A profoundly American phenomenon
“…a majority of white voters backed a candidate who assured them that they will never have to share this country with people of color as equals. That is the reality that all Americans will have to deal with, and one that most of the country has yet to confront.” – Adam Serwer, The Atlantic.
The bewildering contradiction in American politics right now is why on earth 37% of the voters (and 80% of Republican voters) still believe fervently in the presidency of Donald J Trump, after nearly a year of unremitting, humiliating chaos in the White House.
A year of edgy farce, entirely the fault of the President’s un-Presidential ineptitude and the evident behavior of a spoilt, vindictive, thuggish brat in the first stages of senility. A year of daily leaks and childish tweets, bringing the office of President and by extension, an entire nation into the deepest disrepute; yet with seemingly no comebacks.
A year, during which the Golden One has failed to deliver most of his election promises, pushed the nation’s friends away and brought its enemies right inside the camp, promoting many unstable, not to say corrupt and incompetent, cronies from the depths of the Washington sewer and the corporate lobbies to positions of destructive power in his Administration, in flagrant disregard of his oft-repeated pledge to ‘drain the Swamp’.
When Trump boasted in his customary fashion, a man apparently disconnected from the rest of humanity, that he could shoot somebody dead in Times Square and his core supporters would still vote for him, he defined something about the country that many modern Americans and non-Americans alike find deeply disturbing; apart from revealing, along with his frequent references to women bleeding from the eyes, that he is an irredeemable psychopath.
That ‘something’ is carefully and logically explored at length in a new essay timed to coincide with the annual Thanksgiving day celebration by the chief political correspondent of The Atlantic magazine, Adam Serwer.
It doesn’t make easy reading.
For, the contradiction is identified as a persisting strand of radical Puritanism in American society; a nativist instinct more redolent of colonialism than of unionism.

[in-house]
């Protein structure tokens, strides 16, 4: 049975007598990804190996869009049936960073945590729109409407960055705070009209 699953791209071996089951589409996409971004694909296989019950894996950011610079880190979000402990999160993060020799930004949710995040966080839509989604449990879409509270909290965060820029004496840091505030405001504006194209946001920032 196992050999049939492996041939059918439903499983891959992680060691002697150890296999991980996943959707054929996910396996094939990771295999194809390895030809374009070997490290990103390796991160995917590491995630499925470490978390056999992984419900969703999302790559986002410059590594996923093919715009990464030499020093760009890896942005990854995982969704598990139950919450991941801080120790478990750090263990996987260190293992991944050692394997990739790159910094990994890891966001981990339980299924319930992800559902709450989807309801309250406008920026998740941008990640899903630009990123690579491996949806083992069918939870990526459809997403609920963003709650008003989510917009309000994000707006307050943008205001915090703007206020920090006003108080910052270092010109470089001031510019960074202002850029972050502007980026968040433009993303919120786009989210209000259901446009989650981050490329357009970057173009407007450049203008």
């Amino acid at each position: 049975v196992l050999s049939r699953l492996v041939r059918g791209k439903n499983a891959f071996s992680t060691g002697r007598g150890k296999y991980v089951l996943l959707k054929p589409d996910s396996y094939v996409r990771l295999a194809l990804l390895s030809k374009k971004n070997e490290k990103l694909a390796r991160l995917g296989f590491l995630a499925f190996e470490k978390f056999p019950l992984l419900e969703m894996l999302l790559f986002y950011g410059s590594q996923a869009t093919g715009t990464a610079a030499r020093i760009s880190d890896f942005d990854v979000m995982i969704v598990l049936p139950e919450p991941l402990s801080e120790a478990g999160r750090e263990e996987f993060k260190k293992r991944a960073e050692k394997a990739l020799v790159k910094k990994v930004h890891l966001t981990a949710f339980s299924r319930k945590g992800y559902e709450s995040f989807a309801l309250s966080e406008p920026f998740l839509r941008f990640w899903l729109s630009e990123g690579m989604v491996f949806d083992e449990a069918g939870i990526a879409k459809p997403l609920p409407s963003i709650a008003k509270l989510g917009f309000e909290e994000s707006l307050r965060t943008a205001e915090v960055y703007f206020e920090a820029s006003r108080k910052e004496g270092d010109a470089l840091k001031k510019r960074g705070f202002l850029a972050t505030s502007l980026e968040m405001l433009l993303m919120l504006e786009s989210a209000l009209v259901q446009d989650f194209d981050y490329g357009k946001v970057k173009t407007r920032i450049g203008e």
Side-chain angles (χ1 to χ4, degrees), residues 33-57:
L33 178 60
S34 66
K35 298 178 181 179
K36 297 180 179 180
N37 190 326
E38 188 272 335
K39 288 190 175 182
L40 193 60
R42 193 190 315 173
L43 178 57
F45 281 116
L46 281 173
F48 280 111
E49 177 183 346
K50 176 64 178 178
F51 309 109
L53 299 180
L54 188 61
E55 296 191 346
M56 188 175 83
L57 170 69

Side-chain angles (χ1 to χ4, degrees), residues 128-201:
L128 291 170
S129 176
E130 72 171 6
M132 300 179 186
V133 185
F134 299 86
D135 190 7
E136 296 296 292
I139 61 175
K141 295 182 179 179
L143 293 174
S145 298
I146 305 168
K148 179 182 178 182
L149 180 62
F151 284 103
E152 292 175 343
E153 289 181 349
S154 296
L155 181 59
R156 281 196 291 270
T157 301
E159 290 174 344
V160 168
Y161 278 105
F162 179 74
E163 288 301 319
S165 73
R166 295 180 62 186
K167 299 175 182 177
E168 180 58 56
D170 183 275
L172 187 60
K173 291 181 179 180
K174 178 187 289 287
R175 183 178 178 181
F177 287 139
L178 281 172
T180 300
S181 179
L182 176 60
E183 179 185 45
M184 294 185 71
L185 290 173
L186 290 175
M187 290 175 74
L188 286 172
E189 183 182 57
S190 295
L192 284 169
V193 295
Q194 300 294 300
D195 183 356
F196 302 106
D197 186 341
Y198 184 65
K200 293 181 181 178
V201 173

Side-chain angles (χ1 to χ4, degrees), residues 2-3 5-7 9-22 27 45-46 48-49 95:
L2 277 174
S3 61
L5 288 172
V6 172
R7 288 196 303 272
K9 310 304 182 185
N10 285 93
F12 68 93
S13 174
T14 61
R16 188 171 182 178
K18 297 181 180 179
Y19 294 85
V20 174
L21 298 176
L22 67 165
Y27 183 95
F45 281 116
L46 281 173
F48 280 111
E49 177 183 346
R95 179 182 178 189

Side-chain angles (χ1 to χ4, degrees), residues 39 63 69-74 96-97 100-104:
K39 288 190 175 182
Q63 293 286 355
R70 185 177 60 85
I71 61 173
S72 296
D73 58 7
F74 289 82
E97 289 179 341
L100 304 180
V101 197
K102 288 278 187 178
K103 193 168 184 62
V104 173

And not just among the supposedly disaffected, economically disadvantaged rural white working class, that hotbed of sub-violent neo-Nazi posturing underpinned by the Second Amendment ‘right to bear arms’ – though not to massacre schoolchildren. Serwer finds a disturbing bias in the attitudes of the middle-class towards people unlike themselves, that has found resonance in the Bannon-inspired, rambling rhetoric of a man most of the rest of the world believes to be temperamentally unfit to hold office; and they don’t care. He writes:
“Trumpism emerged from a haze of delusion, denial, pride, and cruelty—not as a historical anomaly, but as a profoundly American phenomenon. This explains both how tens of millions of white Americans could pull the lever for a candidate running on a racist platform and justify doing so, and why a predominantly white political class would search so desperately for an alternative explanation for what it had just seen. To acknowledge the centrality of racial inequality to American democracy is to question its legitimacy—so it must be denied.”
Serwer carefully demolishes the self-excoriating, liberal-media-generated myth that ‘Trumpism’ is based on inequality, economic stagnation and a groundswell of anti-Establishment, anti-globalist feeling. Few people are worse off than urban blacks and hispanics, yet they didn’t vote for Trump in numbers. Instead, he points to something white voters will hotly deny: that their deep-seated antipathy towards religious and ethnic minorities and their desire to exclude ‘foreigners’ from the life of the nation is evidence of generations of racial bias. Regardless of the obvious fact that the USA is an immigrant society from the outset, those instincts were mostly imported along with the Europeans, encouraged by the lowly position of forcibly indentured Africans.
In many ways, Serwer argues, far from being victories for moderation and tolerance, the Civil War, the Civil Rights movement and the Obama era have only served to sharpen, rather than smooth away, the racial and religious divisions in America; and to heighten fear, suspicion and prejudice.
But, he argues, that is exactly the gallery that Trump is playing to.
Little else matters to the dumbfucks (as The Pumpkin affectionately calls them). Not…
- his contemptuous efforts at demolishing healthcare for the masses, destroying what shreds of a social safety net still remain for the poorest in the most unequal economy in the world, where the dice are fully loaded in favour of the wealthiest;
- his huge tax cuts for the top 1%, three of whom already own half of the national wealth between them;
- his draining of the economy to further glut the already bloated military-industrial complex; his crude militarism and ‘bomb the shit out of them’ diplomacy;
- his vainglorious threats of unleashing nuclear holocaust against impoverished and demonized nations outside the ambit of US corporate interests;
- his hollowing-out of the key departments of governance and global strategy in favour of simplistic formulae;
- his scientifically illiterate attempts at removing consumer and endangered wildlife rights and environmental protections, undermining the global scientific consensus on climate change and censoring research;